The directive aims to put harmonized rules on the gig economy, filling in a legislative void and avoiding conflicting judicial decisions and national legislation across the European bloc. In September, EU lawmakers adopted a resolution calling for similar measures, with support from both sides of the political spectrum. Several EU countries have also expressed support for the Commissionâ€™s initiative.
While there seems to be broad consensus in Europe for these measures, the type of legislation proposed will set some minimum standards the EU countries will have to incorporate into their national framework. Therefore, even swift adoption at the EU level would lead to the legislation entering into force any time soon.
The EU executive is also due to present a new cybersecurity law in the second half of 2022, the Cyber Resilience Act. The aim is to set minimum cybersecurity standards for connected devices, as the market for the Internet of Things is expected to grow exponentially in the coming years.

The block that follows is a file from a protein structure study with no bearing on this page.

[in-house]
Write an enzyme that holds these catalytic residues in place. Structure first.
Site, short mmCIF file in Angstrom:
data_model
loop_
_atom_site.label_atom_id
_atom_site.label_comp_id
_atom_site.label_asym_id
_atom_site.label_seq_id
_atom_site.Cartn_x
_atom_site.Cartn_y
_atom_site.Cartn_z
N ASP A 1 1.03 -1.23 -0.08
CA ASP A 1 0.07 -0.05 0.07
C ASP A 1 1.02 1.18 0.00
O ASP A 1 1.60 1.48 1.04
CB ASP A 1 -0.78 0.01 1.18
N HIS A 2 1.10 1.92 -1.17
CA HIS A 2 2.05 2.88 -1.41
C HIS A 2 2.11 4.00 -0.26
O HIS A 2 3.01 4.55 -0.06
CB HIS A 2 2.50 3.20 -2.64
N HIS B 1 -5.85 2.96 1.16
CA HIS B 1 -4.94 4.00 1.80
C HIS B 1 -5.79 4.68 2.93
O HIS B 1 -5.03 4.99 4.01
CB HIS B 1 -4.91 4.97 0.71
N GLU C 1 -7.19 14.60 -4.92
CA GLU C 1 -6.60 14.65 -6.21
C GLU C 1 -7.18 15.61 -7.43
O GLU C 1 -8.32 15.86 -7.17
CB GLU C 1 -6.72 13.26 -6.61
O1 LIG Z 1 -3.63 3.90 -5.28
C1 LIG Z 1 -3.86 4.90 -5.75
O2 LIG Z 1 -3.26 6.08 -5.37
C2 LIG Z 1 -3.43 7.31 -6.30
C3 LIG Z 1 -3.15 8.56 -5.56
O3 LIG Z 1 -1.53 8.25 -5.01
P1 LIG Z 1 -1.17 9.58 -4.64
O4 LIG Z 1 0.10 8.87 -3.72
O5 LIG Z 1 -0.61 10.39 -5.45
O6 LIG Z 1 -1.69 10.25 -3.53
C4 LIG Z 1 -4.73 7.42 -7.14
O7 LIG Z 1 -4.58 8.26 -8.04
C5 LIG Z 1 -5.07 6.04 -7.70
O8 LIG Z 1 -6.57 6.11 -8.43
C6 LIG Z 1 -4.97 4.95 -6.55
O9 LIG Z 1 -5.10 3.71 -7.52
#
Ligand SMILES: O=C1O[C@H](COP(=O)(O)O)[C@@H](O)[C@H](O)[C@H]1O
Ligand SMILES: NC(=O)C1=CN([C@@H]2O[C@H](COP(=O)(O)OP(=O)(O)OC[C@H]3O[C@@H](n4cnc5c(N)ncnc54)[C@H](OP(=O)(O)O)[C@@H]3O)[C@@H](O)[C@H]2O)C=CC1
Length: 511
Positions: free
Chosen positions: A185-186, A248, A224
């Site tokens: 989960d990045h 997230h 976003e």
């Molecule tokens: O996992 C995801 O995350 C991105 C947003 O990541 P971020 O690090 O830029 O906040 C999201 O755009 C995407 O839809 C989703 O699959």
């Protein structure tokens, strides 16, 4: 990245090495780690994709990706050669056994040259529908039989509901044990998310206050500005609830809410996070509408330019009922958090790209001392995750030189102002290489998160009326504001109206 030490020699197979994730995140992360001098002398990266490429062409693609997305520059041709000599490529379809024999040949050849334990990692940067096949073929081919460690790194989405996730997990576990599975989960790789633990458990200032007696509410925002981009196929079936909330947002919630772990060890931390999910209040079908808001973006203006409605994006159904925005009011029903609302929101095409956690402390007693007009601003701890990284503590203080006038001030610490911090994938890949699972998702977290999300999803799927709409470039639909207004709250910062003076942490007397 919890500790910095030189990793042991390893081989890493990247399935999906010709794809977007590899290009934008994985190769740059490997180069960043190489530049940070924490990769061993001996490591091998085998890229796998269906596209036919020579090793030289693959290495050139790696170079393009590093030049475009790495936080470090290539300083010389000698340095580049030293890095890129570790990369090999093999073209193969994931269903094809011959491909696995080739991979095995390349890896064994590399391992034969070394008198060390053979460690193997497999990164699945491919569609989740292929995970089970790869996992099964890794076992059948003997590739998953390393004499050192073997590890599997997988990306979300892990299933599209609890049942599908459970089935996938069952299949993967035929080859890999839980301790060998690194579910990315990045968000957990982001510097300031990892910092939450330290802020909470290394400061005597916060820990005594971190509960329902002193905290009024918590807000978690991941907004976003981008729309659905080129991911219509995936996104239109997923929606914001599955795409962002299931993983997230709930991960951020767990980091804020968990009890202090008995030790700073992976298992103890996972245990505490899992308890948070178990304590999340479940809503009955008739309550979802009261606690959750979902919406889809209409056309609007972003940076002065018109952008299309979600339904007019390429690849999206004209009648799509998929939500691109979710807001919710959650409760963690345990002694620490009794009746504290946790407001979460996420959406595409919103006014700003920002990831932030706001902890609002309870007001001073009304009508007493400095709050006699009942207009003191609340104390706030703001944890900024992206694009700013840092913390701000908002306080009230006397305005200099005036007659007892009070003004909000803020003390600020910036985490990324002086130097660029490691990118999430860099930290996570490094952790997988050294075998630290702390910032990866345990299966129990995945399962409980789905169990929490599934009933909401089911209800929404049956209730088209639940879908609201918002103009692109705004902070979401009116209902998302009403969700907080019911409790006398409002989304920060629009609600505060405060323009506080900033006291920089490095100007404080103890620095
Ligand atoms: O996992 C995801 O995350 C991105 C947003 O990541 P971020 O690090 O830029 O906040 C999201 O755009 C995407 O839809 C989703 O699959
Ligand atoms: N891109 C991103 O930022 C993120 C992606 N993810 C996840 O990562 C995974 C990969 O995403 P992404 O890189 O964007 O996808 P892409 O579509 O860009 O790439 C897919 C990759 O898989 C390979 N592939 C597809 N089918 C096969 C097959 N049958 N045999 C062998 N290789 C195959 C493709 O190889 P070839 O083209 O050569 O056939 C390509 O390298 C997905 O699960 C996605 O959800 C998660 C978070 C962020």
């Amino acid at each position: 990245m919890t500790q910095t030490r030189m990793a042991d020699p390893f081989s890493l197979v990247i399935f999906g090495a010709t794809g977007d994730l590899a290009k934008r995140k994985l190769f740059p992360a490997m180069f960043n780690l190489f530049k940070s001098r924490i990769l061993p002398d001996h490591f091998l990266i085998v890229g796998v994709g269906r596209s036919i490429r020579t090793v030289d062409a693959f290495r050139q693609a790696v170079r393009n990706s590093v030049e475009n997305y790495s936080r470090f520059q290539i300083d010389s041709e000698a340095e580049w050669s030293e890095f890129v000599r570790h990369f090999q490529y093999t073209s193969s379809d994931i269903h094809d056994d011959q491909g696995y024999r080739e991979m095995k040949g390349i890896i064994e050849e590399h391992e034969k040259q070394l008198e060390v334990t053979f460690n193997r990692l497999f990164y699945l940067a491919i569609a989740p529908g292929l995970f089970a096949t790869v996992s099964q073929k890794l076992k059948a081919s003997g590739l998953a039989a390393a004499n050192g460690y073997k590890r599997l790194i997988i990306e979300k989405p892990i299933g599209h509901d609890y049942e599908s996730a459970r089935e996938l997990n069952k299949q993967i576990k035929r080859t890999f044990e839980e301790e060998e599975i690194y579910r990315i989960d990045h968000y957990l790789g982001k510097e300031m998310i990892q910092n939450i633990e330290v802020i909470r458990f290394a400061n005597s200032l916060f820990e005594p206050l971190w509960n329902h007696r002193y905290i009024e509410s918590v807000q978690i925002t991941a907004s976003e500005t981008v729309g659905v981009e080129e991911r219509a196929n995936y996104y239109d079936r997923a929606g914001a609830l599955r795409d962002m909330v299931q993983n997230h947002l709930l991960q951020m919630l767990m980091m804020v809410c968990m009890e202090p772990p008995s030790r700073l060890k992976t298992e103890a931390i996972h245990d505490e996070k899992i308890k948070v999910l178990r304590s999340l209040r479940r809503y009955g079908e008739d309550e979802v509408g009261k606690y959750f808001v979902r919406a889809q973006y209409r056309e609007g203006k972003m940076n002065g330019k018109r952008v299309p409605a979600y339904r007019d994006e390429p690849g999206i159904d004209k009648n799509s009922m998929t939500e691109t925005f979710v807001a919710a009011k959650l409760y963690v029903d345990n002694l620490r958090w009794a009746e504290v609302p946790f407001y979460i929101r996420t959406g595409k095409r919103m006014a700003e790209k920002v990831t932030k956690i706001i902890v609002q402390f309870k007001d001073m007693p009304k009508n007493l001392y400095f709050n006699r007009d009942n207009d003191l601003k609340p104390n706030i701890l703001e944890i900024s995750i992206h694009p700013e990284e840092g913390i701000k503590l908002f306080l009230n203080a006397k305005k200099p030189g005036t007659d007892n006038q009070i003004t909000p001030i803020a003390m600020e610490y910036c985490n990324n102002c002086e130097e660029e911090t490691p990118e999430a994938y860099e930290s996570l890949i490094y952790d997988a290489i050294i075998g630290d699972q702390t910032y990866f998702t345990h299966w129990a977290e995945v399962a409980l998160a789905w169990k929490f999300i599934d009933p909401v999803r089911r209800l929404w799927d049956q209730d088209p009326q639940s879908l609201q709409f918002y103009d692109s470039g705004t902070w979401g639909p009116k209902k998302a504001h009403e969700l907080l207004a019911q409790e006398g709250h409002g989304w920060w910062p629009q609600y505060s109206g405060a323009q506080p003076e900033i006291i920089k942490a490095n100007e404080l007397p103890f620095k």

The final stage of the negotiations on the revised version of the Network and Information Security Directive, better known as NIS2, starts in January. The directive introduces minimum cybersecurity requirements for businesses and organizations with a critical role in economic activities or societyâ€™s functioning.
Thus, the scope of what organizations should be deemed essential for society is a crucial contention point, with the European Parliament pushing for a broad definition. However, recent cyberattacks on vital infrastructure and the tension at the Eastern border have put cybersecurity at the top of the security agenda for European countries.
Although there is an emerging consensus among national authorities to consider cybersecurity a priority, as is often the case when touching upon national security, political considerations are also at play. For instance, the Commission recently launched the idea of a Joint Cyber Unit that was coldly received by the member states, as there are already several structures at the European level.
Photo by Amy-Leigh Barnard on Unsplash